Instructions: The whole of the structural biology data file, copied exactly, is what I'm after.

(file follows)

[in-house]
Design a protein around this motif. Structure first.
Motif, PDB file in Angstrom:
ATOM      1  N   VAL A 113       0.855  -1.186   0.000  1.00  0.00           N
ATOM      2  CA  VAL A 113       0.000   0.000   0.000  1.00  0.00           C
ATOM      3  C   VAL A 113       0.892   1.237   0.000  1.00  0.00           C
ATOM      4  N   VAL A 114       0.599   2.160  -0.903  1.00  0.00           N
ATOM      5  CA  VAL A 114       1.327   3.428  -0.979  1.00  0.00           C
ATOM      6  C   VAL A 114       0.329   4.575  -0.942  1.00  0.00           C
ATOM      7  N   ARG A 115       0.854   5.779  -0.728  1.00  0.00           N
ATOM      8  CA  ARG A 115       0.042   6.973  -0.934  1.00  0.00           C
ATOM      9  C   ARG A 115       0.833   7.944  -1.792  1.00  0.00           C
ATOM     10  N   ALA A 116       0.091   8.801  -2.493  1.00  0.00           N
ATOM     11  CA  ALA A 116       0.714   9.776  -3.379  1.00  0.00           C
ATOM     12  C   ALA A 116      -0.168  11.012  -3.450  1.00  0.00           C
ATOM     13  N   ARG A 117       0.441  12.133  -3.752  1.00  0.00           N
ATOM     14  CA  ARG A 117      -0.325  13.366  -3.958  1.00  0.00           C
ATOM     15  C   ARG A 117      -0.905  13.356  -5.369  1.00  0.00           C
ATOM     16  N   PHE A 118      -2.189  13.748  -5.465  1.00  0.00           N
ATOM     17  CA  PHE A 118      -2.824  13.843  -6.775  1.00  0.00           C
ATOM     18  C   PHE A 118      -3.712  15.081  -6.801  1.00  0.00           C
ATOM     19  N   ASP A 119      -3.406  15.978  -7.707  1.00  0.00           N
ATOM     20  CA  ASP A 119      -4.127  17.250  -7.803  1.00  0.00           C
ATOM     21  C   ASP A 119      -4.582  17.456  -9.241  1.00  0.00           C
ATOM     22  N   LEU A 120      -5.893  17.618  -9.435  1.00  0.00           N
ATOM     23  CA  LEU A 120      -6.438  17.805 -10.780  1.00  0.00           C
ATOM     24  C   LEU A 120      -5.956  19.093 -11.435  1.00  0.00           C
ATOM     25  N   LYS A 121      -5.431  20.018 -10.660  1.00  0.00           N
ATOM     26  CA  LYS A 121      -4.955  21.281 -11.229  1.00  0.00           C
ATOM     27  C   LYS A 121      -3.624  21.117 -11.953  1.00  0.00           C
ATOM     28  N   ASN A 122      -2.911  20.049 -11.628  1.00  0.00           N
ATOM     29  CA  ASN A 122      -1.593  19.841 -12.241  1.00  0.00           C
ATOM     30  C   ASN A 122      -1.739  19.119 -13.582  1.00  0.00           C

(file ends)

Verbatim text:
[in-house]
Design a protein around this motif. Structure first.
Motif, PDB file in Angstrom:
ATOM      1  N   VAL A 113       0.855  -1.186   0.000  1.00  0.00           N
ATOM      2  CA  VAL A 113       0.000   0.000   0.000  1.00  0.00           C
ATOM      3  C   VAL A 113       0.892   1.237   0.000  1.00  0.00           C
ATOM      4  N   VAL A 114       0.599   2.160  -0.903  1.00  0.00           N
ATOM      5  CA  VAL A 114       1.327   3.428  -0.979  1.00  0.00           C
ATOM      6  C   VAL A 114       0.329   4.575  -0.942  1.00  0.00           C
ATOM      7  N   ARG A 115       0.854   5.779  -0.728  1.00  0.00           N
ATOM      8  CA  ARG A 115       0.042   6.973  -0.934  1.00  0.00           C
ATOM      9  C   ARG A 115       0.833   7.944  -1.792  1.00  0.00           C
ATOM     10  N   ALA A 116       0.091   8.801  -2.493  1.00  0.00           N
ATOM     11  CA  ALA A 116       0.714   9.776  -3.379  1.00  0.00           C
ATOM     12  C   ALA A 116      -0.168  11.012  -3.450  1.00  0.00           C
ATOM     13  N   ARG A 117       0.441  12.133  -3.752  1.00  0.00           N
ATOM     14  CA  ARG A 117      -0.325  13.366  -3.958  1.00  0.00           C
ATOM     15  C   ARG A 117      -0.905  13.356  -5.369  1.00  0.00           C
ATOM     16  N   PHE A 118      -2.189  13.748  -5.465  1.00  0.00           N
ATOM     17  CA  PHE A 118      -2.824  13.843  -6.775  1.00  0.00           C
ATOM     18  C   PHE A 118      -3.712  15.081  -6.801  1.00  0.00           C
ATOM     19  N   ASP A 119      -3.406  15.978  -7.707  1.00  0.00           N
ATOM     20  CA  ASP A 119      -4.127  17.250  -7.803  1.00  0.00           C
ATOM     21  C   ASP A 119      -4.582  17.456  -9.241  1.00  0.00           C
ATOM     22  N   LEU A 120      -5.893  17.618  -9.435  1.00  0.00           N
ATOM     23  CA  LEU A 120      -6.438  17.805 -10.780  1.00  0.00           C
ATOM     24  C   LEU A 120      -5.956  19.093 -11.435  1.00  0.00           C
ATOM     25  N   LYS A 121      -5.431  20.018 -10.660  1.00  0.00           N
ATOM     26  CA  LYS A 121      -4.955  21.281 -11.229  1.00  0.00           C
ATOM     27  C   LYS A 121      -3.624  21.117 -11.953  1.00  0.00           C
ATOM     28  N   ASN A 122      -2.911  20.049 -11.628  1.00  0.00           N
ATOM     29  CA  ASN A 122      -1.593  19.841 -12.241  1.00  0.00           C
ATOM     30  C   ASN A 122      -1.739  19.119 -13.582  1.00  0.00           C